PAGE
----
[Addendum- March 19: The official proceedings of the telephone conference of March 17, 2014 have been published (Document 70) summarizing two principal orders of business. The deadline for filing an amicus brief on the intervening matter of whether prohibition of gay marriage in Kentucky itself is unconstitutional was extended until May 2, 2014. The Family Trust Foundation of Kentucky apparently plans to file such a brief. Additionally, the motion by the Commonwealth to further stay his opinion concerning recognition of legal (out of state) same-sex marriage was taken under advisement by Judge Heyburn who will issue a separate order.]
What Happened Today (March 17) in Judge John G. Heyburn’s Courtroom?
Gov. Beshear’s attorneys pledge an appeal to Sixth Circuit Appeals Court tomorrow, March 18, if Judge Heyburn does not further stay enforcement of his decision requiring Kentucky to recognize legal same-sex marriages on March 20.
Last Friday, March 14, attorneys for Kentucky Gov. Steve Beshear filed an appeal to Federal District Court Judge John G. Heyburn to stay enforcement of his decision that Kentucky’s statutes and Constitution forbidding the recognition of legal out-of-state same-sex marriages are unconstitutional. If Judge Heyburn does not grant their request, Governor Beshear’s attorneys declared their intention to appeal to the Federal Sixth Circuit Court of Appeals to overturn the Judges decision tomorrow, March 18. The existing temporary stay given to allow the Commonwealth to prepare its compliance expires on March 20. There is not much time left!
Today, attorneys for the married same-sex couples filed their response to the Governor’s request. A telephone hearing was held in Judge Heyburn’s chambers today, but I do not know what was discussed. The session may have been as limited as accepting the Governor’s consent allowing the withdrawal of Attorney General Jack Conway and other attorneys from his office to withdraw from the case. No further hearings are scheduled on the court’s docket as of this evening.
The Commonwealth argues that failure to maintain the status quo will cause chaos, and that Kentucky should wait until things play out in subsequent appeals which may take months to years. The Commonwealth’s position is that any harm that may result to the married couples from further delay “is minor” compared to an unspecified impact to the public should the order be later reversed on appeal. Much is made of a case in Utah where a federal court decision that came to the same conclusion as Judge Heyburn was stayed by the Supreme Court for unspecified reasons, but little is made of the flood of decisions similar to Judge Heyburn’s that followed the Supreme Court’s decision supporting the individual rights of married same-sex partners. No argument that I could see is made by the Commonwealth about the merits of their case, or the likelihood that it will prevail on appeal.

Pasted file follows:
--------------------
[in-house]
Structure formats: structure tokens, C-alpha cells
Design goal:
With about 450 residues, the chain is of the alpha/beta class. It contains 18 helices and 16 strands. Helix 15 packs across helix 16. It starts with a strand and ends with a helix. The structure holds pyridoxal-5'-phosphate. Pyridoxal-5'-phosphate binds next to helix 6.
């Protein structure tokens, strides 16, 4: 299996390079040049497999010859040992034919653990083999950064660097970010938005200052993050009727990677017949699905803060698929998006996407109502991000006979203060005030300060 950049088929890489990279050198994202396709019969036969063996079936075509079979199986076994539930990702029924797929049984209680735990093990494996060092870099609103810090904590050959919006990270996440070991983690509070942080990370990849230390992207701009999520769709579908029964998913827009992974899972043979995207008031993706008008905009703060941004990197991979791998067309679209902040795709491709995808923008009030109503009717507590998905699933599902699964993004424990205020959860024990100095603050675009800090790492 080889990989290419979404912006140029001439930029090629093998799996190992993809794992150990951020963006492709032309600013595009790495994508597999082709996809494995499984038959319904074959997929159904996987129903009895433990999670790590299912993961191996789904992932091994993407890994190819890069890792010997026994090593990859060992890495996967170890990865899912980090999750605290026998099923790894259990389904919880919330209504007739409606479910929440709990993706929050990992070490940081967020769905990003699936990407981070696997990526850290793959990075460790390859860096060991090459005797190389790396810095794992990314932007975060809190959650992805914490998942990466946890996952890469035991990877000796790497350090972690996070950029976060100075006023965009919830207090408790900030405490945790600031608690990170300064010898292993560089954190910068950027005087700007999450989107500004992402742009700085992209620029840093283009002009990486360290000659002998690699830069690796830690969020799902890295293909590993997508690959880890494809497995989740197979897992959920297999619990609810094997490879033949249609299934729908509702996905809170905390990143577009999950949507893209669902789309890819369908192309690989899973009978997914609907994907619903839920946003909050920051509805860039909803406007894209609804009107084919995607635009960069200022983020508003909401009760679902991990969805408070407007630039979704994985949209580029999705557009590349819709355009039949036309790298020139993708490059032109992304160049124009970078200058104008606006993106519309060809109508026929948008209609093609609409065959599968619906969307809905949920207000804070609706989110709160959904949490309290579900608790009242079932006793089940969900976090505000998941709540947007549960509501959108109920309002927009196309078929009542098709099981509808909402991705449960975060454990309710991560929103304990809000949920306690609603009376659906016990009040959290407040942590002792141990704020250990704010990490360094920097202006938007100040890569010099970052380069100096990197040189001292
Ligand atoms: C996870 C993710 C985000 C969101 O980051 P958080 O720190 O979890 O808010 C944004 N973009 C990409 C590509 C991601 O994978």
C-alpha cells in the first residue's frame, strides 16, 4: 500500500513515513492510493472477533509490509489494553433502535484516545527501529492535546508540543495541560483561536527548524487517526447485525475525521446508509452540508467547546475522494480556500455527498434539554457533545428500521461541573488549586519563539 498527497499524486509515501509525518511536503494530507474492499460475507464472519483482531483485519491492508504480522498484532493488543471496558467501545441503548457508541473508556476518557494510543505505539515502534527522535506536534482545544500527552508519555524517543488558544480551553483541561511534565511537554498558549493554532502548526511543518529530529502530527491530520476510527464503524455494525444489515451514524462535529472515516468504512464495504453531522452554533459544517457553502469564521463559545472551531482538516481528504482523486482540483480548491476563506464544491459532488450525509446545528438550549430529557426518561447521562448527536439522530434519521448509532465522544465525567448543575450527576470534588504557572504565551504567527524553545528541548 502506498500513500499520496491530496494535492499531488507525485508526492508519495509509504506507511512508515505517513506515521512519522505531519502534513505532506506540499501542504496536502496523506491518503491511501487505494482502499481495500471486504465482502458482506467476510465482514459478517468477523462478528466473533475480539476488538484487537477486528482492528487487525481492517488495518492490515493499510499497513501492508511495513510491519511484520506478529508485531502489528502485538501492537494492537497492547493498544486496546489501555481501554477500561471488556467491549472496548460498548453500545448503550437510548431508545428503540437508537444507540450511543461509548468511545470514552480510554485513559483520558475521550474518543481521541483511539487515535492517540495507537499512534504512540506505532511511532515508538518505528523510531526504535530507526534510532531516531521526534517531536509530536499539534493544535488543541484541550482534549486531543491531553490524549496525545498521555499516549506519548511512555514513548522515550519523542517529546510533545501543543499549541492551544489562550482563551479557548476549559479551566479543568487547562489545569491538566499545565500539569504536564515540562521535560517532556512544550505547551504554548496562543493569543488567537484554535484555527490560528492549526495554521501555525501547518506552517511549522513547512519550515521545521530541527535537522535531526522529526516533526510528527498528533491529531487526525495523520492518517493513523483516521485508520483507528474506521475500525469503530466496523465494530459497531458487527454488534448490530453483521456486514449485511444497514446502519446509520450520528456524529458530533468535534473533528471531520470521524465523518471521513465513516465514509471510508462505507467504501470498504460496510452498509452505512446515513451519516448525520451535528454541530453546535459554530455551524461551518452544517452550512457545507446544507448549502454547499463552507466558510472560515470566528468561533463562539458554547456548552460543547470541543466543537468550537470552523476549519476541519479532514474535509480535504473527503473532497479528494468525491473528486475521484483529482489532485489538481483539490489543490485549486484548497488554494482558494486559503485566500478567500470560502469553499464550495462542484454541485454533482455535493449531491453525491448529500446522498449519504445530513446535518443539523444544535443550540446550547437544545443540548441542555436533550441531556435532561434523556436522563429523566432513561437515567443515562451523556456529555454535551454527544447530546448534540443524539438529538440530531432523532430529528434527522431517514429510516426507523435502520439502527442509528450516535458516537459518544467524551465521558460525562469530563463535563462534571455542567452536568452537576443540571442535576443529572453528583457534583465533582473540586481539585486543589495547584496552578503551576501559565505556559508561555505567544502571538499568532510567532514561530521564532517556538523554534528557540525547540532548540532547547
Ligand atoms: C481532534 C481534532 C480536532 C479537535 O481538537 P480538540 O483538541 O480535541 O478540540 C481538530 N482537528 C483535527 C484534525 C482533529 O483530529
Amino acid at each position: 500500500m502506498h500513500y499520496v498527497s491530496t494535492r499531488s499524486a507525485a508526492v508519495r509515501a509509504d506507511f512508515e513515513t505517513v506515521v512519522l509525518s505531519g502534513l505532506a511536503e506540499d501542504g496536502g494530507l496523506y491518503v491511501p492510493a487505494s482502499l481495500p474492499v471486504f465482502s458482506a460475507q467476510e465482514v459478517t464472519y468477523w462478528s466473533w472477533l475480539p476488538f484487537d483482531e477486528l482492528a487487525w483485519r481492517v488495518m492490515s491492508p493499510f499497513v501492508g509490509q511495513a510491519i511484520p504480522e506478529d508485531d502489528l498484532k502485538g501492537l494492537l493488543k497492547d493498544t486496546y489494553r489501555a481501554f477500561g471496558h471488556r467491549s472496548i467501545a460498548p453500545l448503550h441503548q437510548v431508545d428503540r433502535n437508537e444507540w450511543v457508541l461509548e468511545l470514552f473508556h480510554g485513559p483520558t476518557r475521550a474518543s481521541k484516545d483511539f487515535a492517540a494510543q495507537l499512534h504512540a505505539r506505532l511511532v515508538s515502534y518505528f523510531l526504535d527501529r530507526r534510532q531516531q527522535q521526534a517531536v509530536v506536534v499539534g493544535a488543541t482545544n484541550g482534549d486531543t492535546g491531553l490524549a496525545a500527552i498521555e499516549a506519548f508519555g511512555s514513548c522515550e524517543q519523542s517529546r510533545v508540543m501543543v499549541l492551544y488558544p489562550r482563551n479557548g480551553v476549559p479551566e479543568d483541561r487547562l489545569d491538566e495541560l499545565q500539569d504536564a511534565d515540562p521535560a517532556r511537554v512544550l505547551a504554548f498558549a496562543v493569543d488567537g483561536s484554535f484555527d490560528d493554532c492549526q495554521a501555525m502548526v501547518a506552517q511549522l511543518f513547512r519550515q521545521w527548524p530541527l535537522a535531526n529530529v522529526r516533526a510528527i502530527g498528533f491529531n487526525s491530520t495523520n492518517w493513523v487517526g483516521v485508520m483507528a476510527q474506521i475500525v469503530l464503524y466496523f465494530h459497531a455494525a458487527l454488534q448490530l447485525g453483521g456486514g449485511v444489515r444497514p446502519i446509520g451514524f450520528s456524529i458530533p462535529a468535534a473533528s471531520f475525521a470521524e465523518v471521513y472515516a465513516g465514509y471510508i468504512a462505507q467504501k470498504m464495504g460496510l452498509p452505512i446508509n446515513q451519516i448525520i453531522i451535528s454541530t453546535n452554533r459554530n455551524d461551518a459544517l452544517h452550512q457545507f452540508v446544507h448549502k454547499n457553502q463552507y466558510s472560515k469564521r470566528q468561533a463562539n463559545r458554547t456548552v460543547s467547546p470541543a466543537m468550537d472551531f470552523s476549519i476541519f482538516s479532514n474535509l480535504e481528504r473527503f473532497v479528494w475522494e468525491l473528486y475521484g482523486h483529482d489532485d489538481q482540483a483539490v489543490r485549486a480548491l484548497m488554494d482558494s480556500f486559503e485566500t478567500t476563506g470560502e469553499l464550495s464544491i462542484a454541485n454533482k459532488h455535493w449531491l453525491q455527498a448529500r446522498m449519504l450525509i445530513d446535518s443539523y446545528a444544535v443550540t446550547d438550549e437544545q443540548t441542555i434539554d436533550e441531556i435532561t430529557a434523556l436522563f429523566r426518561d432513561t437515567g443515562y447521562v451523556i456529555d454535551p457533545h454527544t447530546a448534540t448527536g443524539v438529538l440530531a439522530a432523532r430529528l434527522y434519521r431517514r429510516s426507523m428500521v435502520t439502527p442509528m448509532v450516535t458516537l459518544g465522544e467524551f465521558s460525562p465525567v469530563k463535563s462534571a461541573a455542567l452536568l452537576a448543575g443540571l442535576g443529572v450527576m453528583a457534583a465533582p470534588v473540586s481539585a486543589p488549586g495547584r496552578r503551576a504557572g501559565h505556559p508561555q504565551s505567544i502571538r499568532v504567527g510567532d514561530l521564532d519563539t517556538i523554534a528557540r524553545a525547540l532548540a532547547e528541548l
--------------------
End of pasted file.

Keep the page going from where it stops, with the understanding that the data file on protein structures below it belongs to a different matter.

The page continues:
My readers will not be surprised that I think the brief by the plaintiff-couples was more rational and appropriately critical of the Commonwealth’s dismissive minimization of their financial damages and emotional harm. Preserving a status quo of denying individuals their rights is not in the public interest. The plaintiff’s arguments in my opinion easily deflect “hyperbolic” theoretical claims of chaos should married same-sex partners walk freely among us. The plaintiffs did not have to resort to the argument that other governments have made similar claims of what would happen should even heterosexual people of different colors wed, or why only white people should be allowed to become naturalized citizens.
Read the decisions for yourself.
Both arguments were clearly written and I urge readers to read them and make their own decision about which is is a better reflection of American values. Remember that the U.S. Supreme Curt has already declared that withholding recognition of the legality of same-sex marriages is unconstitutional.
I rarely win at the racetrack, but my bet is that Judge Heyburn will deny this request for further delay and that on Thursday, all married couples in Kentucky will be able to file their taxes jointly, will have children with two parents, will be eligible for the same employee benefits that other spouses enjoy, will have estates that pass normally, and that loved ones will be together in health, and in sickness, and in death with all that entails emotionally and legally.
My wish is that Kentucky will not be the last state to shed yet another fossil of institutionalized discrimination from the past. We can only hope!
Peter Hasselbacher, MD
Emeritus Professor of Medicine, University of Louisville (Where all legal marriage is recognized and respected, and of which I am therefore proud.)
• Permission for Attorney General Conway to withdraw. [3-14-2014]
• Request by Commonwealth for further stay. [3-14-2-14]
• Response of Plaintiffs to request for further stay. [3-17-2014]
• Discussion of Judge Heyburn’s Opinion and links to other court documents.
• Notice of appeal to Sixth Circuit Appeals Court (3-18-2014)